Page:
Well, those are some of the things that have marked our calendar for the new year, but we asked you to send us iReports and share what you`re looking forward to in 2012. The response was great. Thanks to everybody who sent something in. Check out what y`all said.

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UNIDENTIFIED MALE: Ms. Stuart`s (ph) first period class at Salisbury High School is looking forward to.

UNIDENTIFIED FEMALE: The Olympics.

UNIDENTIFIED MALE: Meeting Carl.

UNIDENTIFIED FEMALE: Summer.

UNIDENTIFIED MALE: Soccer.

UNIDENTIFIED FEMALE: Getting my license.

UNIDENTIFIED MALE: Getting my state red (ph).

UNIDENTIFIED MALE: Race to the White House.

UNIDENTIFIED FEMALE: Spring break.

UNIDENTIFIED MALE: Tennis.

UNIDENTIFIED FEMALE: The end of the world.

UNIDENTIFIED MALE: Basketball.

UNIDENTIFIED MALE: Finding my way out of this locker.

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DARATHAT (PH): Hello, my name is Darathat (ph), and I`m a senior at High School of Engineering and Science (ph) in Philadelphia, Pennsylvania (ph). And what I`m looking forward to in the year 2012 is my senior graduation, as well prom and training for the Marines (ph).

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MR. CONNOLLY (PH), HIGH SCHOOL HISTORY TEACHER: Hello, my name is Mr. Connolly (ph), and this is my second year teaching 11th grade U.S. history at Kenwood (ph) High School in Baltimore, Maryland.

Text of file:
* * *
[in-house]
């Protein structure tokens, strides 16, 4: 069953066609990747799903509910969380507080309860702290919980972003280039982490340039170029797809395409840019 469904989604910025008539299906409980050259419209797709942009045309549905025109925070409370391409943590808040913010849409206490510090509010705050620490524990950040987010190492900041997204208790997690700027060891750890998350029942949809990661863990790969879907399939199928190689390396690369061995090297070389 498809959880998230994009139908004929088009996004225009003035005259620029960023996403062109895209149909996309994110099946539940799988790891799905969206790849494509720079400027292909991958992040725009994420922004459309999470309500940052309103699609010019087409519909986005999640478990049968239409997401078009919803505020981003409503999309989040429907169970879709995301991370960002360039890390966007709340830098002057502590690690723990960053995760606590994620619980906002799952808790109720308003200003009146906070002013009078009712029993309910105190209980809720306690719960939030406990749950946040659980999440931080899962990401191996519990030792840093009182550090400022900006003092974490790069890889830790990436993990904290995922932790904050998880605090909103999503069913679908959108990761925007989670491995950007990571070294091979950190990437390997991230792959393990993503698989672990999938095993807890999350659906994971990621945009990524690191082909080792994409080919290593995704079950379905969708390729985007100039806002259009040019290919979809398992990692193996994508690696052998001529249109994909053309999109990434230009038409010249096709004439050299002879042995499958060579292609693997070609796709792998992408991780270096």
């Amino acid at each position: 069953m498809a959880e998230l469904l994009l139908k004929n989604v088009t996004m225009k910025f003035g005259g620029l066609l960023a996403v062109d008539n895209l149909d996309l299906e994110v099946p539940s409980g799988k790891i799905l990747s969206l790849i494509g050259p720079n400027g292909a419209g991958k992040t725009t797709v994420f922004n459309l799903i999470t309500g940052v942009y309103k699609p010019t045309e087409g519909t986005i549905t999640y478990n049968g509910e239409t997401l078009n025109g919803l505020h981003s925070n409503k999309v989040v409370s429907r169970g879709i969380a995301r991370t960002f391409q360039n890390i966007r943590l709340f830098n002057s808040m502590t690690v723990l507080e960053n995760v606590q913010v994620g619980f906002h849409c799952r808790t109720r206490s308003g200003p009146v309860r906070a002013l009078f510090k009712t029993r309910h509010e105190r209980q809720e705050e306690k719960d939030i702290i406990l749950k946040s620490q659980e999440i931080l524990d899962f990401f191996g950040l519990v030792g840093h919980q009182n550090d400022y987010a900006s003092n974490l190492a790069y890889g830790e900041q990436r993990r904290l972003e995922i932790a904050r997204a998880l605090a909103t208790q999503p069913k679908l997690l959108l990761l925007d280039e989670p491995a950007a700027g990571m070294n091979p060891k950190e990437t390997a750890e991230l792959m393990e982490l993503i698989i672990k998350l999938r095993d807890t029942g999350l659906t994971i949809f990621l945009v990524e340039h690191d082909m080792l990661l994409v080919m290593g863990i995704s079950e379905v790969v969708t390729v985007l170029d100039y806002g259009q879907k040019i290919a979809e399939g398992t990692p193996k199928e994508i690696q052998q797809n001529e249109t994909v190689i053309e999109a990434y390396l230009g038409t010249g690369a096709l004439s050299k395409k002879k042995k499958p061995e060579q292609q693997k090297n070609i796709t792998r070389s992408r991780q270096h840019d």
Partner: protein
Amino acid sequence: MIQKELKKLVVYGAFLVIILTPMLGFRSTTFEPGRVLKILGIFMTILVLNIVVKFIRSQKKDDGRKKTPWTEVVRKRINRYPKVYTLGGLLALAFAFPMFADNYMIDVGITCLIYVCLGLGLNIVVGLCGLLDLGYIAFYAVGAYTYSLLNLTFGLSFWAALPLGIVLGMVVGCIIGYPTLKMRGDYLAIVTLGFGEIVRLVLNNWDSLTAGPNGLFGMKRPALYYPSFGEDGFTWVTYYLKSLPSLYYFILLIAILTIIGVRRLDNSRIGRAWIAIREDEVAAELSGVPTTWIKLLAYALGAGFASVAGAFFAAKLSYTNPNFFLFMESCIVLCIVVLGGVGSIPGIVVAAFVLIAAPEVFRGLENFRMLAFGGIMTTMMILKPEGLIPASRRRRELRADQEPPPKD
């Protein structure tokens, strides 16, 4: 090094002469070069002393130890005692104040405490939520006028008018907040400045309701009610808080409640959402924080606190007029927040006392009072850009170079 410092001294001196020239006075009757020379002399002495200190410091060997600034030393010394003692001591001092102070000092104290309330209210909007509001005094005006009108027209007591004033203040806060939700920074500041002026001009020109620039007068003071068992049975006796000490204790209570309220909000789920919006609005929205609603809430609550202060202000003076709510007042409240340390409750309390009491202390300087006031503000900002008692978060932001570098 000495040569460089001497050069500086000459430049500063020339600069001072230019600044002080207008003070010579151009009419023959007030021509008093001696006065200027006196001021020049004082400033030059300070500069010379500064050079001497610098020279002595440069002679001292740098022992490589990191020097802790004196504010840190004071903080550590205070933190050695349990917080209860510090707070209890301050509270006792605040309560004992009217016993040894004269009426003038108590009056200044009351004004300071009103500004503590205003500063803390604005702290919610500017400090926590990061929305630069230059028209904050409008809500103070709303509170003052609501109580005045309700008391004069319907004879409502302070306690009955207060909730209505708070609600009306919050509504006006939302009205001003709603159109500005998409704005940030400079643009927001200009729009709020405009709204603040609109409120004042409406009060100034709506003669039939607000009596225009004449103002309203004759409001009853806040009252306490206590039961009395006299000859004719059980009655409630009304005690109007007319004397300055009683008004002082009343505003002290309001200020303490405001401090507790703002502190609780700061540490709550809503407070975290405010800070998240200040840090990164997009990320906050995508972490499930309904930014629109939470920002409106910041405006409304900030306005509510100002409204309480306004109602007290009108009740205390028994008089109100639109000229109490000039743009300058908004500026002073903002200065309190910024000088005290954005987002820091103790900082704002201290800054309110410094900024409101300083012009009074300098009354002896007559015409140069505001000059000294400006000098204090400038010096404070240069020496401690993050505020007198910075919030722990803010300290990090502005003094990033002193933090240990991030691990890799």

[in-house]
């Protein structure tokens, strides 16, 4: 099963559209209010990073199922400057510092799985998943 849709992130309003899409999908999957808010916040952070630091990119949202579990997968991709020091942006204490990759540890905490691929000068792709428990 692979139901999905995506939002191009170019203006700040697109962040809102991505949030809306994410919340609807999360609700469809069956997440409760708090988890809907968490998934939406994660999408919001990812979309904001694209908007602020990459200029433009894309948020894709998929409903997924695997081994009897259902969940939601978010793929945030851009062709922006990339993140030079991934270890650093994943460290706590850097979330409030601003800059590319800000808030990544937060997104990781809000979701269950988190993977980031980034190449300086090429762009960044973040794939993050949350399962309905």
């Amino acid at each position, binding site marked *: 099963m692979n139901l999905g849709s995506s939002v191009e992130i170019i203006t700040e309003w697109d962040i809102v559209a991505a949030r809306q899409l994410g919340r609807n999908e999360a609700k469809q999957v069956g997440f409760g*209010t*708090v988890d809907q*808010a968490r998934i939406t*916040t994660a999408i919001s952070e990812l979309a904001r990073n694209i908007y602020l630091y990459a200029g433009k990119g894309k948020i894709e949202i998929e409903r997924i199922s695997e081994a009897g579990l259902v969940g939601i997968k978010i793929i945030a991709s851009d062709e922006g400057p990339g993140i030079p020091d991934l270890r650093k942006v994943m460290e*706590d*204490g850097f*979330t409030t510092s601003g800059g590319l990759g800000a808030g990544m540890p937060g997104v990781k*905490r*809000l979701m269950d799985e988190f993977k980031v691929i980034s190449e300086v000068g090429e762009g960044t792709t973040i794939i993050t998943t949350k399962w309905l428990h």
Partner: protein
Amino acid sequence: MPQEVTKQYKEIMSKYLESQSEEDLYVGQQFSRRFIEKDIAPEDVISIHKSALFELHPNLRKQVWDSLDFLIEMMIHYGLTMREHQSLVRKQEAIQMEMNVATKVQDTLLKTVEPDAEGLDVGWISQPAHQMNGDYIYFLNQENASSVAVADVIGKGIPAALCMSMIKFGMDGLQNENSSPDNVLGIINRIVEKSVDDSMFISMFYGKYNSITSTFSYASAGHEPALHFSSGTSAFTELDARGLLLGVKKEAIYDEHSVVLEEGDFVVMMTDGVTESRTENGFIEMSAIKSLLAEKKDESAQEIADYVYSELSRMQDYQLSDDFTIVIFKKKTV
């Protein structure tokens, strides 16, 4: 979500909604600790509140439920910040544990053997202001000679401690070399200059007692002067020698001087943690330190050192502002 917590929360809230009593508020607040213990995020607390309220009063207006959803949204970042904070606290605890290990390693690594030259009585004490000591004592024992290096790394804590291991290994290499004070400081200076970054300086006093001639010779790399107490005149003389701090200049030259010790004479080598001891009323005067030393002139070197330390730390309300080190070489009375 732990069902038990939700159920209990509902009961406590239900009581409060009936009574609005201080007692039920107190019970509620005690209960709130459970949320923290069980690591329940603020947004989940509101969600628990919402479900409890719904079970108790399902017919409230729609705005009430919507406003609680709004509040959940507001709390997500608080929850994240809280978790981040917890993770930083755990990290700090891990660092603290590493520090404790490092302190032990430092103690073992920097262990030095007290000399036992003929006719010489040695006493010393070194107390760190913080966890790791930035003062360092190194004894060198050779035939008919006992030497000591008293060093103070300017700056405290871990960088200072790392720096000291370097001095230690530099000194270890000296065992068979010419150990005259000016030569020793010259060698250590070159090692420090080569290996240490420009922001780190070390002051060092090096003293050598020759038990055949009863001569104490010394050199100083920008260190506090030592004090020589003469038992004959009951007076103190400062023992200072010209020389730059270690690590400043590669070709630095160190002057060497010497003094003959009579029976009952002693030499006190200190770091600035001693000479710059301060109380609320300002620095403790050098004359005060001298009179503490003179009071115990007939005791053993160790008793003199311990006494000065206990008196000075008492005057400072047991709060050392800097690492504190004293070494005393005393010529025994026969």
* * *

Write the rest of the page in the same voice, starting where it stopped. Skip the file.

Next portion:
In 2012, I`m looking forward to seeing my first students as a teacher graduate from high school.

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KENDALL (PH): Oh, hello there. My name is Kendall (ph). What I`m looking forward to in 2012 is getting my braces off.

TREVOR (PH): Hi, my name`s Trevor (ph), and this is what I`m looking forward in 2012. I`m looking forward to high school and more CNN News.

EMILY (PH): I`m Emily (ph), and I`m looking forward to being in more triathlons and running a half marathon.

MAX (PH): My name is Max (ph), and in 2012, I am looking forward to watching more Carl Azuz.

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UNIDENTIFIED FEMALE: We.

UNIDENTIFIED FEMALE: . love.

UNIDENTIFIED FEMALE: . Carl.

UNIDENTIFIED FEMALE: (Inaudible) in 2012.

GROUP: Whoo! Bye.

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AZUZ: Well, if you didn`t get a chance to send us an iReport, you can still post on our blog about what you`re looking forward to in 2012.

Before we go, it`s time to take out the trash.

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AZUZ (voice-over): Well, maybe we should let this guy finish whatever he`s doing first. This black bear climbed on top of a garbage truck in Vancouver this week. Officials think he was Dumpster-diving for food when the Dumpster -- bear and all -- got turned over into the garbage truck. Authorities were able to tranquilize him and take him away.

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AZUZ: But after the ordeal, he might have been a little "em-bear- assed," and that`s just because his friends probably thought it was kind of trashy. It would be a waste of your time to try to get an interview. He`d just "refuse." We`re getting into garbage time as the clock winds down.

We do want to thank all of our viewers for making CNN Student News part of your school year. We wish you a merry Christmas, a happy Hanukkah, a happy Kwanzaa and a happy new year. Whatever you celebrate, we hope it`s wonderful. We look forward to seeing you on January 3rd, 2012.